Tuesday, October 30, 2018

Blog Week 7

Joey, Clement, Jack

The way you looped and used speech to form rhythmic motifs in your performance instantly made me
think of Steve Reich’s “Come Out.”   I think what you guys have is really cool and I’m excited to see
how it evolves during the semester.



Danielle, Kristin, Nick, Fisher

Kristin’s dance and the way she was exploring/interacting with the scattered “car parts” reminded me
of a book by David Macaulay from the 70's called “Motel of Mysteries.”  It takes place thousands of
years into the future and follows archaeological excavations of objects from our time, sort of poking
fun at how wrong/dangerously we can misinterpret objects from the past...
Since, it isn't a video or an image...here is the address to a pdf of a condensed version:
http://onlinecampus.fcps.edu/media2/Social_Studies/WHGII_2010/Era1Topic2/Resources/Motel_of_Mysteries.pdf


Justine, Ryan, Corey, Elijah

The chaotic texture you guys had going gave me flashbacks to all of the experimental electronic
music we went over in PAT 101.  The effects Elijah was doing and your concept of messing with
time made me think of John Cage’s “Williams Mix,” and that spliced-sounding texture that allows
for basically anything to happen makes the audience unable to predict what comes next.

Monday, October 29, 2018

Blog Week 7

Ayal, Emily, Heather, and Jordan

To preface, I really don't know much about music (or technology, for that matter.) However, I linked this video to your work-in-progress through the idea that an outside soundtrack is acting on the flutist, whereas the flutist also acts upon the soundtrack. To me, it often seemed like Jordan was doing this as well. It might be interesting to see what you guys could do with the idea of acting/reacting within all instruments, tracks, and technology.


Clement, Jack, and Joey

During your work-in-progress, I was immediately reminded of this song I danced to years ago. While your project certainly isn't a dance track, the simple idea of sampling from a famous speech brought up this memory. I'm very interested to see what you guys do with the samples and how you manipulate them to fit your project.
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Corey, Elijah, Justine, Ryan

This one is a bit of a stretch, but your work-in-progress kind of brought me back to this old video where a group used a Jeep to make a whole electronic song. The one sample you guys played with the honking and car noises mixed with Elijah's idea of taking apart a record player and modifying it is sort of in the same vein of this video. Sort of. Also, it's just a fun video to watch.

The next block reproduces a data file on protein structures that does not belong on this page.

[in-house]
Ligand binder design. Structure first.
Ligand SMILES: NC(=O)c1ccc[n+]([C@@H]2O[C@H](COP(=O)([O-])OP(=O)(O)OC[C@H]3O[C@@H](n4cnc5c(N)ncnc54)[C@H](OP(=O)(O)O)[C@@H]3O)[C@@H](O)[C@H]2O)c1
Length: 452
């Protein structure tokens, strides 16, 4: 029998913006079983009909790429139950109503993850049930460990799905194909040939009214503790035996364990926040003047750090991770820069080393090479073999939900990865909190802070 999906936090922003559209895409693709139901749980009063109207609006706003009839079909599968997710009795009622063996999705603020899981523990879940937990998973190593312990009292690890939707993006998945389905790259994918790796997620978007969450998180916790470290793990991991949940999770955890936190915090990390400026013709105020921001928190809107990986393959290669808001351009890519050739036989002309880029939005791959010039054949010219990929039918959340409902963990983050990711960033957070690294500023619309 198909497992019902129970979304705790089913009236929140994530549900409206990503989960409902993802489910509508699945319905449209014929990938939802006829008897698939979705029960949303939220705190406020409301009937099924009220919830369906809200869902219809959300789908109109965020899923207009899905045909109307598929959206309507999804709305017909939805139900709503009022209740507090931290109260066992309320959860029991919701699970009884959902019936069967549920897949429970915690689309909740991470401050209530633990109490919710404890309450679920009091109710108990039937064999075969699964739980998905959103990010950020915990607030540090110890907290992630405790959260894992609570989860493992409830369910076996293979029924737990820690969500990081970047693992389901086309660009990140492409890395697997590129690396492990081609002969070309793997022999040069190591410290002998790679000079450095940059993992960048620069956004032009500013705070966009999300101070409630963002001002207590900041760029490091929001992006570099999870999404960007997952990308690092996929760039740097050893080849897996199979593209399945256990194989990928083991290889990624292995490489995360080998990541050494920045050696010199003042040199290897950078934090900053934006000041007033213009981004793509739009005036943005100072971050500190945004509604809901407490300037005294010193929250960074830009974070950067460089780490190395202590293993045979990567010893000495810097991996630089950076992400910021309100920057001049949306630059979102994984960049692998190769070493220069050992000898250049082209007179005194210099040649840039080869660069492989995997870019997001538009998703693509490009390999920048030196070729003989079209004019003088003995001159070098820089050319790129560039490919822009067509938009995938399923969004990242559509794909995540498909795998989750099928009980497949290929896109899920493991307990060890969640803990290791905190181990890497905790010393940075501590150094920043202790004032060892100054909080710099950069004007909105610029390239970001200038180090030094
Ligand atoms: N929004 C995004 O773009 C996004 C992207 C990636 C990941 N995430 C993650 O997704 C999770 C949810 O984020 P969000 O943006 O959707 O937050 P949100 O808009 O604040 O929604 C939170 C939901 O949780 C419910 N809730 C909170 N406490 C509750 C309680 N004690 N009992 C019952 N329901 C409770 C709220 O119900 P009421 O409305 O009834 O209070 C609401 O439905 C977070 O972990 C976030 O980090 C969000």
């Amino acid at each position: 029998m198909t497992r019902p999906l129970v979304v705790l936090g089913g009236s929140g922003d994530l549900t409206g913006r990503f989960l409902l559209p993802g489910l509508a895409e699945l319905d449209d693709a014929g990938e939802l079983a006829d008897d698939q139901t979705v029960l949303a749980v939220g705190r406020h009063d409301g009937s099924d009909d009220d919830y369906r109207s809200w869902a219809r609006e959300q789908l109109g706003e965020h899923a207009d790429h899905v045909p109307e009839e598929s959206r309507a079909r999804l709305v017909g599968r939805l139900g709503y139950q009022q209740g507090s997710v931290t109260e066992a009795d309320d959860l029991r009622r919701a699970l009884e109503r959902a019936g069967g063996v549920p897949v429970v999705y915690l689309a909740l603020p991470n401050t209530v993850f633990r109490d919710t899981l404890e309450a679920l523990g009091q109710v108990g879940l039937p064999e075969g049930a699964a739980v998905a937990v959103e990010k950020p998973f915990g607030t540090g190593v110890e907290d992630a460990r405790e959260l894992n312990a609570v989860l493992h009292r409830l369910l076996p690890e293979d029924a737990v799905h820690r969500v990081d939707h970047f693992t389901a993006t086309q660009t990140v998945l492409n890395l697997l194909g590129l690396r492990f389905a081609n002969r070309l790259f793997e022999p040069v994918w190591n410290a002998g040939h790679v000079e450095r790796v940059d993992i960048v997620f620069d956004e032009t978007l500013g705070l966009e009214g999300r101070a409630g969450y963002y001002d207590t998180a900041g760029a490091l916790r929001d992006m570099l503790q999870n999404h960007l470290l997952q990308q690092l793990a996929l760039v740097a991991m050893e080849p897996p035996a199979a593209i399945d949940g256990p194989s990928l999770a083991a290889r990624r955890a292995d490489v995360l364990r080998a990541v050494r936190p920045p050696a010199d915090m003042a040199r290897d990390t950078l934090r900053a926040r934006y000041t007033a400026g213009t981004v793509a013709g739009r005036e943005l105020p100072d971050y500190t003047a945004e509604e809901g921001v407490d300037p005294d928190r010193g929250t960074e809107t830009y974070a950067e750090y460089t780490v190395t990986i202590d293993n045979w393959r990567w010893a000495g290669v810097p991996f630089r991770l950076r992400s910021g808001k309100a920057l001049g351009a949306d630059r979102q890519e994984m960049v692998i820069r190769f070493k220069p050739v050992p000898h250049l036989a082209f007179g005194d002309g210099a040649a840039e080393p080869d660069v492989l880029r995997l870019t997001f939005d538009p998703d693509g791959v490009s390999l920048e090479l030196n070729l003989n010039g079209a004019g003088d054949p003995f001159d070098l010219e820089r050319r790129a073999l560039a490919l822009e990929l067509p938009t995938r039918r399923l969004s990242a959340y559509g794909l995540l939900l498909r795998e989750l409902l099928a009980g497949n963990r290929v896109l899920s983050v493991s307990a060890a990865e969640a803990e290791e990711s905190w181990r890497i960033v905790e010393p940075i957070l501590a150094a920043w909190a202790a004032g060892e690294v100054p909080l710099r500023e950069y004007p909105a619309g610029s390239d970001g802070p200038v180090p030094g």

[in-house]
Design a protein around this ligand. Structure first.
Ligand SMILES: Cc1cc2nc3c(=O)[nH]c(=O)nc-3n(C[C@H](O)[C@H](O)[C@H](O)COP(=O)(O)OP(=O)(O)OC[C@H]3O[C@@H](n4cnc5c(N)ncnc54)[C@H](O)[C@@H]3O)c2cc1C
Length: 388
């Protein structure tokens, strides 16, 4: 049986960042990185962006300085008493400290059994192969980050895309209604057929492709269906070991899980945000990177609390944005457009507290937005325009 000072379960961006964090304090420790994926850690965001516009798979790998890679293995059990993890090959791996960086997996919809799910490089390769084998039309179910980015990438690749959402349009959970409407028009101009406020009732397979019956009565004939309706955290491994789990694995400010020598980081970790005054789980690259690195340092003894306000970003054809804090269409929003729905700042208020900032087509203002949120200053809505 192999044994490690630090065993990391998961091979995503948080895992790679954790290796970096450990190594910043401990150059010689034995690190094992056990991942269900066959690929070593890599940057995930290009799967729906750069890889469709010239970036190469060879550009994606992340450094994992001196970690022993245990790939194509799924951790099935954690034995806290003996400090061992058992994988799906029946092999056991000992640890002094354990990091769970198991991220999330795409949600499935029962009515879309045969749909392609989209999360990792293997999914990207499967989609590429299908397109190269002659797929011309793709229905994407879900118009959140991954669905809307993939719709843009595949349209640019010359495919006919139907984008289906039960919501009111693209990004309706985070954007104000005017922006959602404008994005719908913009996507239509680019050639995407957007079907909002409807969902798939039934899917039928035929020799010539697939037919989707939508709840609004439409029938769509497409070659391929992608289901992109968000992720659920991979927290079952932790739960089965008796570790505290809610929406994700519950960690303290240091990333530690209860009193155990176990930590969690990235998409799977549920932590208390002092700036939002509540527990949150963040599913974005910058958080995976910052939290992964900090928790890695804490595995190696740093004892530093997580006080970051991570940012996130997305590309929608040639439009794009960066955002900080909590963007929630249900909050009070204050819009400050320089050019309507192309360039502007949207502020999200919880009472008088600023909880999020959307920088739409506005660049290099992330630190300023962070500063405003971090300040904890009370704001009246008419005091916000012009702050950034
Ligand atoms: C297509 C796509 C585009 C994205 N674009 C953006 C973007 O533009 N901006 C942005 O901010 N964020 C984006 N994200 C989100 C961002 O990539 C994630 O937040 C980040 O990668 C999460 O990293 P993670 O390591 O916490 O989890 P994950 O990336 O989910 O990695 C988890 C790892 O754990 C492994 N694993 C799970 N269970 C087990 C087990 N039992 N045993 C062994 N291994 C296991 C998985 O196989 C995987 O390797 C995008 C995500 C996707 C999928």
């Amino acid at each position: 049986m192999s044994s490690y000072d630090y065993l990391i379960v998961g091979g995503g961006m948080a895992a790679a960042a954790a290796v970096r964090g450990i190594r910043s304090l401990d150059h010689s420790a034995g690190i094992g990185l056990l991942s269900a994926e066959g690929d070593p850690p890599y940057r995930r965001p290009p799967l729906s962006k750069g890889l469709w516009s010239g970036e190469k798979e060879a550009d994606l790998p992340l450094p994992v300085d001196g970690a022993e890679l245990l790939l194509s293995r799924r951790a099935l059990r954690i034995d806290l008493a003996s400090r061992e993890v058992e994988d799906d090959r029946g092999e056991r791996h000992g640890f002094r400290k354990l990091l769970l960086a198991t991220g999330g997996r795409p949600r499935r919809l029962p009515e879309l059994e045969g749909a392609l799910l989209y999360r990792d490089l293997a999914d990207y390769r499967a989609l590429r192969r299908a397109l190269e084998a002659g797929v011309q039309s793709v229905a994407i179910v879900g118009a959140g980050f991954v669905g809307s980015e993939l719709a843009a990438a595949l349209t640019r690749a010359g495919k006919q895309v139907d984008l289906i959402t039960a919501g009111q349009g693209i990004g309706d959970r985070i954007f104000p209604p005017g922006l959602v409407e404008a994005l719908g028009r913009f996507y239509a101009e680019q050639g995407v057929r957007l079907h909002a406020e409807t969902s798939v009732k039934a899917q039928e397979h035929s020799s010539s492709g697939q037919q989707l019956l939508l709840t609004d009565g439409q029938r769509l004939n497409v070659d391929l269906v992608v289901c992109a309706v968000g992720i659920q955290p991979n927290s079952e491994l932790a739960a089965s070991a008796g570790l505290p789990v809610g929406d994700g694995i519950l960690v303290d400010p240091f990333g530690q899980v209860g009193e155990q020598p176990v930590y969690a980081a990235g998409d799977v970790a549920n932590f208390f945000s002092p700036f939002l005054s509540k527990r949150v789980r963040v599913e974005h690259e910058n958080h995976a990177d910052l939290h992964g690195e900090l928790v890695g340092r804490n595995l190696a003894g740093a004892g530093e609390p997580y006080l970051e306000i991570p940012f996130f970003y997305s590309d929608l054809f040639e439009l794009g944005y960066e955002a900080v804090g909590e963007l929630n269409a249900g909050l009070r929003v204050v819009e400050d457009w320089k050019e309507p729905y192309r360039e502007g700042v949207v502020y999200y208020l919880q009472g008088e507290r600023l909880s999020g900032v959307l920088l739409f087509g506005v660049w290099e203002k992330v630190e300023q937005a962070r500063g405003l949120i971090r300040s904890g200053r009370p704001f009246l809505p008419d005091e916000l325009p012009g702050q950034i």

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Tuesday, October 23, 2018

Blog Week 7

For each of the other 3 groups: Post an aesthetic reference point (audio, video, website) to what the group has presented. It can relate to their work-in-progress from any direction or dimension: a literary relationship, a textural/sonic "vibe", a related form, similar uses of technology, or something more obscure. For each reference, be sure to identify what group's work it is relevant to, and why. Consider: "Your work-in-progress made me think of ________ because _______."

Monday, October 8, 2018

Blog Week 4

Heather posted this one already:


I think what I like most about Cornelius's live approach (and to a lesser extent his recorded music) is how much he emphasizes the interplay between performers/instruments. Nothing is out of place, and everyone has a distinctive voice. Our group has a lot of performers in it, and it would be cool if we could get this specific kind of togetherness.


I recently discovered this piece for voice and tape by composer and performer Alex Temple. Her music, while heavy with culturally associative tropes, also consistently defamiliarizes them, which seems like something potentially useful for this project.


This album is really interesting. It does a lot of what the Alex Temple piece does – by defamiliarizing the fragments of sound used through collage, it takes very familiar timbres (like the folky vocals and banjo lines) and puts them in a sort of acousmatic free-fall.

Tuesday, October 2, 2018

Blog Week 4

Our group has been discussing the idea of blending various musical styles in the piece that we create. Accordingly, I found these three pieces by contemporary artists which combine disparate influences into cohesive wholes.



This first piece covers a lot of ground, starting with a contemporary classical and almost minimalist aesthetic (choice of instrumentation contributing heavily to this as well). The introduction of a saxophone 'soloing' over the chord changes around 1:30 starts to shift the mood into a more jazz-like feel. At 2:10, the last thing one would expect to hear is a rapper - and yet here one is! The closing section of the piece is much more relaxed, featuring a lyrical vocal soloist - again another shift in terms of style/mood.